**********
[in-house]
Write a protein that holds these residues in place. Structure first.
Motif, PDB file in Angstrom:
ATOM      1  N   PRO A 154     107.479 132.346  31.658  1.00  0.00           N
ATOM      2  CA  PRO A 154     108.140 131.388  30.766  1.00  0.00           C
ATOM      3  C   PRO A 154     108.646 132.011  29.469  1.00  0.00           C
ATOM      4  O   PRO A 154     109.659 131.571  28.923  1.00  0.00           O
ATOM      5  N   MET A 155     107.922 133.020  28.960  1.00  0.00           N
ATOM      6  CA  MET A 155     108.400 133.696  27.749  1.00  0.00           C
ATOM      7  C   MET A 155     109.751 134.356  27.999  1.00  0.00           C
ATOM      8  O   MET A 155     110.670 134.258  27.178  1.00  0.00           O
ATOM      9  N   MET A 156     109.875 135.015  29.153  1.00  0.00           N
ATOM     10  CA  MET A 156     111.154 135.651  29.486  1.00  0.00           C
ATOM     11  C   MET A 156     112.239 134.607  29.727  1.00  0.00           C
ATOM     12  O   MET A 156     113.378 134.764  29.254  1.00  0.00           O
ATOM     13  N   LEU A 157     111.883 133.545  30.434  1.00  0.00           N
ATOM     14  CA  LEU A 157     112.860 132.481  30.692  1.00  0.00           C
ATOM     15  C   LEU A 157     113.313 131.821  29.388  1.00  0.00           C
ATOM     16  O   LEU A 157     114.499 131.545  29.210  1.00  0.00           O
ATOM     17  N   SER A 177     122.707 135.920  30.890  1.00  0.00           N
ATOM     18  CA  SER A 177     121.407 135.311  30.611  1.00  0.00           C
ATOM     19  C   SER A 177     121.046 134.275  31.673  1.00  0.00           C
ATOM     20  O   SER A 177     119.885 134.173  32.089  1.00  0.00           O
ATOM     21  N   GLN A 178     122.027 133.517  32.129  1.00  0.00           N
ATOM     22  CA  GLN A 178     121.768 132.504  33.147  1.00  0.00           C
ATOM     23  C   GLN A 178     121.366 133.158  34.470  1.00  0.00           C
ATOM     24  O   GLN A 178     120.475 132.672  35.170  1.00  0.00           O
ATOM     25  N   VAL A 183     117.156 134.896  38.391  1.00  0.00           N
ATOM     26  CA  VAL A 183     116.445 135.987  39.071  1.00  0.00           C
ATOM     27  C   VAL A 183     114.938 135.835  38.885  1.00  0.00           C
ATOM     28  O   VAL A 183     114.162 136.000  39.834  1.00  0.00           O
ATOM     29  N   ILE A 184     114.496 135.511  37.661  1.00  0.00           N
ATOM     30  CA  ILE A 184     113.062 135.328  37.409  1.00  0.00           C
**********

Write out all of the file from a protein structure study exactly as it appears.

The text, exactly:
[in-house]
Write a protein that holds these residues in place. Structure first.
Motif, PDB file in Angstrom:
ATOM      1  N   PRO A 154     107.479 132.346  31.658  1.00  0.00           N
ATOM      2  CA  PRO A 154     108.140 131.388  30.766  1.00  0.00           C
ATOM      3  C   PRO A 154     108.646 132.011  29.469  1.00  0.00           C
ATOM      4  O   PRO A 154     109.659 131.571  28.923  1.00  0.00           O
ATOM      5  N   MET A 155     107.922 133.020  28.960  1.00  0.00           N
ATOM      6  CA  MET A 155     108.400 133.696  27.749  1.00  0.00           C
ATOM      7  C   MET A 155     109.751 134.356  27.999  1.00  0.00           C
ATOM      8  O   MET A 155     110.670 134.258  27.178  1.00  0.00           O
ATOM      9  N   MET A 156     109.875 135.015  29.153  1.00  0.00           N
ATOM     10  CA  MET A 156     111.154 135.651  29.486  1.00  0.00           C
ATOM     11  C   MET A 156     112.239 134.607  29.727  1.00  0.00           C
ATOM     12  O   MET A 156     113.378 134.764  29.254  1.00  0.00           O
ATOM     13  N   LEU A 157     111.883 133.545  30.434  1.00  0.00           N
ATOM     14  CA  LEU A 157     112.860 132.481  30.692  1.00  0.00           C
ATOM     15  C   LEU A 157     113.313 131.821  29.388  1.00  0.00           C
ATOM     16  O   LEU A 157     114.499 131.545  29.210  1.00  0.00           O
ATOM     17  N   SER A 177     122.707 135.920  30.890  1.00  0.00           N
ATOM     18  CA  SER A 177     121.407 135.311  30.611  1.00  0.00           C
ATOM     19  C   SER A 177     121.046 134.275  31.673  1.00  0.00           C
ATOM     20  O   SER A 177     119.885 134.173  32.089  1.00  0.00           O
ATOM     21  N   GLN A 178     122.027 133.517  32.129  1.00  0.00           N
ATOM     22  CA  GLN A 178     121.768 132.504  33.147  1.00  0.00           C
ATOM     23  C   GLN A 178     121.366 133.158  34.470  1.00  0.00           C
ATOM     24  O   GLN A 178     120.475 132.672  35.170  1.00  0.00           O
ATOM     25  N   VAL A 183     117.156 134.896  38.391  1.00  0.00           N
ATOM     26  CA  VAL A 183     116.445 135.987  39.071  1.00  0.00           C
ATOM     27  C   VAL A 183     114.938 135.835  38.885  1.00  0.00           C
ATOM     28  O   VAL A 183     114.162 136.000  39.834  1.00  0.00           O
ATOM     29  N   ILE A 184     114.496 135.511  37.661  1.00  0.00           N
ATOM     30  CA  ILE A 184     113.062 135.328  37.409  1.00  0.00           C